I’ve been using the Nikon 32mm F1.2 prime lens for many months now and I have owned and used the Olympus 45mm F1.8 lens for much, much longer. I think it’s safe to say that I know both lenses inside and out. Looking at their properties – like focal length, suitability for beautiful bokeh, and so on – one inevitably arrives at the conclusion that these two lenses serve the same purpose inside their respective ecosystems and that therefore they are very much comparable. In my opinion both of them are great lenses in their own right. There are huge differences in the image quality department, however, which I’m going to discuss in the following article.
Considerations and Processing
Comparing sharpness and other properties of lenses across camera systems with different sensor sizes, resolutions and aspect ratios can never be done in a manner that is going to satisfy everyone. People not knowledgeable enough are going to assume that different numbers – like 45mm vs 32mm or F1.8 vs F1.2 – equate to comparing apples to oranges, when in fact we are comparing the same thing here. When you look through the electronic viewfinders of the Olympus OM-D E-M10 and Nikon 1 V1 – which are the two cameras I have used these lenses on – you are hard pressed to find meaningful differences in field of view and background and foreground blur respectively. For all intents and purposes these two lenses can be used to photograph the same thing, from the same spot, with very similar results. But, as is often the case, the devil is in the details. There is no way around the 6 megapixel advantage of the OM-D E-M10 and the fact that it has a narrower sensor, which enables it to utilize the higher resolution and less prone to imaging artifacts (such as vignetting) part of the image circle the Olympus 45mm F1.8 is projecting out of its rear end.
So how should we compare the sharpness of these two lenses? I think we can all agree that 100% crops are the way to go, but should we a) compare 16MP vs 10MP with crops from the OM-D E-M10 showing more magnified but less acute detail or should we b) resize the OM-D E-M10’s images to 10MP and compare like for like?
After spending hours in Lightroom looking at the images at 100% I’ve arrived at the conclusion that there is no point in doing a). The size difference is so huge, that it’s virtually impossible to compare the sharpness of the two lenses. The alternative b), on the other hand, has problems of its own: how do you resize and sharpen the images shot with the OM-D E-M10 and 45mm F1.8, without destroying or artificially boosting detail? Because of this conundrum I’ve decided to upload the following images to flickr, so you can take a look and judge for yourself:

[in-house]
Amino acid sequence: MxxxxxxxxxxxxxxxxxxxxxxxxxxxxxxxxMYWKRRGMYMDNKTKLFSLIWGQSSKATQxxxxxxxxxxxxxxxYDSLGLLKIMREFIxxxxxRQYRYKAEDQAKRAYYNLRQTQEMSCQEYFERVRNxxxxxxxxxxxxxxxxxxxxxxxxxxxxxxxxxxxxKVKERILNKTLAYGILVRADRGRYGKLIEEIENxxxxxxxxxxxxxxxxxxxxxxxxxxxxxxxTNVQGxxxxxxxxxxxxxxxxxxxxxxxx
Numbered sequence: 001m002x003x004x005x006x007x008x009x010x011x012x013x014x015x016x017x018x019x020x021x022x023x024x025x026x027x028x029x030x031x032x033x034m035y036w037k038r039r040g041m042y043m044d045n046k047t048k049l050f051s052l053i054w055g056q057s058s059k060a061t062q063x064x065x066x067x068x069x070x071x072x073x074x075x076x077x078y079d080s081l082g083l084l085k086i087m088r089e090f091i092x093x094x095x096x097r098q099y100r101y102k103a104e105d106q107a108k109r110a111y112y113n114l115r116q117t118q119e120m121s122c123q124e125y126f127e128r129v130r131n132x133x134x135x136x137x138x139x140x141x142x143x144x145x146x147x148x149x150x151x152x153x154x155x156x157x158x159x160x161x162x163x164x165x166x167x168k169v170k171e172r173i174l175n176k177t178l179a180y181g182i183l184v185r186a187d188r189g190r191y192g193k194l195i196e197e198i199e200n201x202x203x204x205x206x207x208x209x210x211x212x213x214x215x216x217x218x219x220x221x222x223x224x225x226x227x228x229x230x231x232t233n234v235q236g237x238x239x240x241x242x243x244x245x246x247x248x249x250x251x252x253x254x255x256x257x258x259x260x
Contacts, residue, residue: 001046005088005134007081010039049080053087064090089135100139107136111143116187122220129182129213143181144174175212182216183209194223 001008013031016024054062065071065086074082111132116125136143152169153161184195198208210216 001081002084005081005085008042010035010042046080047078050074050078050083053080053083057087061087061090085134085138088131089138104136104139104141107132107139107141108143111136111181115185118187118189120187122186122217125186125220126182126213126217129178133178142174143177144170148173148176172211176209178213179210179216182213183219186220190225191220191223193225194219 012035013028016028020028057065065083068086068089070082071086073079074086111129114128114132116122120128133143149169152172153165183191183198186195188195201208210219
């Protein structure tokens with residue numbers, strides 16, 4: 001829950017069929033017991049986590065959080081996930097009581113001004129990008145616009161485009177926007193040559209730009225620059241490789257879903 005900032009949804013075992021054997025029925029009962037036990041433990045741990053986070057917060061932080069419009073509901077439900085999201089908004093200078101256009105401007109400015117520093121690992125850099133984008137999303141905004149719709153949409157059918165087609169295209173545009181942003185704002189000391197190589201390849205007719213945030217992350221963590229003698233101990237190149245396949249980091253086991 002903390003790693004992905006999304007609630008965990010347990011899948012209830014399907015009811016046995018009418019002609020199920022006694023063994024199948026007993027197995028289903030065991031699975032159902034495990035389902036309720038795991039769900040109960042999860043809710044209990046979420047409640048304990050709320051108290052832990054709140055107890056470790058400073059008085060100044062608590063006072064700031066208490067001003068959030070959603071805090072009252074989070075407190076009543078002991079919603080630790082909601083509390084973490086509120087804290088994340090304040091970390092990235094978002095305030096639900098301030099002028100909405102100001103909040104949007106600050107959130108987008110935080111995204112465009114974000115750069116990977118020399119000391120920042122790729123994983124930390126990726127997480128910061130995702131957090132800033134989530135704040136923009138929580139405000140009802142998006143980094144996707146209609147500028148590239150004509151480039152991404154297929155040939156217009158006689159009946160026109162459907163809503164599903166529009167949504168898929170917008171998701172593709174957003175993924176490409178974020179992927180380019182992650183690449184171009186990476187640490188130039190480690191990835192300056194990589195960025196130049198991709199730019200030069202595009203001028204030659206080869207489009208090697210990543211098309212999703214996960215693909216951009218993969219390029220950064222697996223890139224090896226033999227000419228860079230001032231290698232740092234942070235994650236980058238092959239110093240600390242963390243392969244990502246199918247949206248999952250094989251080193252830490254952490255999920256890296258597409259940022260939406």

- Full resolution 16MP images shot with the Olympus 45mm F1.8 on the OM-D E-M10
- 10MP versions of photos shot with the Olympus gear
- Full resolution 10MP images shot with the Nikon 32mm F1.2 on the Nikon 1 V1
You can find all these images, including crops embedded throughout the article, in my Flickr set. Don’t forget to click on the crops to view them in full resolution on Flickr!
Note also that I did all the processing in Lightroom 5.7. No corrections were made in regard to sharpness, vignetting, CA and purple fringing. Sharpening and noise reduction settings were left as is, which means 25 for sharpening and 25 for color noise reduction. I didn’t apply any additional sharpening during export, which means that the OM-D’s/45mm’s images, which were resized to 10MP, were NOT sharpened for the second time.
When you think of portraiture lenses, sharpness is not the first thing on the list of desired attributes that comes to mind. Sharpness can even be detrimental in portrait photography, since it makes skin imperfections more obvious. That being said, it is always easier to apply a blur filter and get rid of excess sharpness than to transform a blurry, muddy mess into a respectable photograph. Fortunately there is very little difference in the sharpness department between the Olympus 45mm F1.8 and Nikon 32mm F1.2. The 32mm F1.2 is a tiny little bit sharper in the middle across all aperture values – an amount that can easily be rectified with added sharpening. I believe this is either due to the resizing of the photos shot with the Olympus gear or due to the Nikon 1 V1 having a weaker antialiasing filter in front of its sensor.
Now let’s take a look at the edge sharpness. Here it is impossible to compare virtually identical crops, because of the different aspect ratios of the sensors (4:3 vs 3:2). So keep that in mind.
Upper left corner
Lower right corner
The 45mm F1.8 is sharper at the edges of the frame, but only by a very small amount. In my opinion neither of the two advantages is meaningful enough to warrant choosing one lens over the other. Especially not when you consider that they are almost indistinguishable once you stop down a couple of aperture stops, in which case both can be used as special purpose lenses for landscape photography.
Purple fringing is one of those imaging artifacts that have become less and less of a problem as image processing software and computer hardware became more and more powerful and affordable. Nowadays purple fringing is no longer a deal-breaker as it used to be, since it can be remedied with just a few mouse clicks in many RAW processing applications – of course, as long as it’s not a case of extreme purple fringing. That being said, it’s always better not have to deal with it in the first place, since it saves a lot of time – time which can be invested in other areas of image processing or in shooting more pictures.